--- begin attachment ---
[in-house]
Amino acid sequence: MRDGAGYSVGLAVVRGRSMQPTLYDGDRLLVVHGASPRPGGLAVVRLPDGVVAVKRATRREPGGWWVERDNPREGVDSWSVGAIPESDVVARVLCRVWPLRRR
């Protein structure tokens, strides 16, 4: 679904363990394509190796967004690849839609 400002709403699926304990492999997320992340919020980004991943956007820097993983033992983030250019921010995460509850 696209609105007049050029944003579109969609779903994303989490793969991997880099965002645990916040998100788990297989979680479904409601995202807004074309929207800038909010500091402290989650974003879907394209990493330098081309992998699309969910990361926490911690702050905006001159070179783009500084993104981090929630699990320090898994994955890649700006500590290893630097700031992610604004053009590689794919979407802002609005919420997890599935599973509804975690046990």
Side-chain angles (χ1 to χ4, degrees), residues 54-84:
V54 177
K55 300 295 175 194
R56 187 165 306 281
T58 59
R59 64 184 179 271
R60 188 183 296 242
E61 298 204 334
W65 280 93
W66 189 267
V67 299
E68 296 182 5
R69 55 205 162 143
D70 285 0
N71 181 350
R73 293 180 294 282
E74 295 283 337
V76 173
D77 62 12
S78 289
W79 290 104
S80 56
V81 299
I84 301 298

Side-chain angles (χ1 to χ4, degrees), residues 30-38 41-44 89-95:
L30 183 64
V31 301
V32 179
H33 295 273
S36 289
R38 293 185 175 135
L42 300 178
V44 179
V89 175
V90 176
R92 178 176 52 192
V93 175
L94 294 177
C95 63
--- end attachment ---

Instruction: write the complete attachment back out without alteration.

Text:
[in-house]
Amino acid sequence: MRDGAGYSVGLAVVRGRSMQPTLYDGDRLLVVHGASPRPGGLAVVRLPDGVVAVKRATRREPGGWWVERDNPREGVDSWSVGAIPESDVVARVLCRVWPLRRR
């Protein structure tokens, strides 16, 4: 679904363990394509190796967004690849839609 400002709403699926304990492999997320992340919020980004991943956007820097993983033992983030250019921010995460509850 696209609105007049050029944003579109969609779903994303989490793969991997880099965002645990916040998100788990297989979680479904409601995202807004074309929207800038909010500091402290989650974003879907394209990493330098081309992998699309969910990361926490911690702050905006001159070179783009500084993104981090929630699990320090898994994955890649700006500590290893630097700031992610604004053009590689794919979407802002609005919420997890599935599973509804975690046990």
Side-chain angles (χ1 to χ4, degrees), residues 54-84:
V54 177
K55 300 295 175 194
R56 187 165 306 281
T58 59
R59 64 184 179 271
R60 188 183 296 242
E61 298 204 334
W65 280 93
W66 189 267
V67 299
E68 296 182 5
R69 55 205 162 143
D70 285 0
N71 181 350
R73 293 180 294 282
E74 295 283 337
V76 173
D77 62 12
S78 289
W79 290 104
S80 56
V81 299
I84 301 298

Side-chain angles (χ1 to χ4, degrees), residues 30-38 41-44 89-95:
L30 183 64
V31 301
V32 179
H33 295 273
S36 289
R38 293 185 175 135
L42 300 178
V44 179
V89 175
V90 176
R92 178 176 52 192
V93 175
L94 294 177
C95 63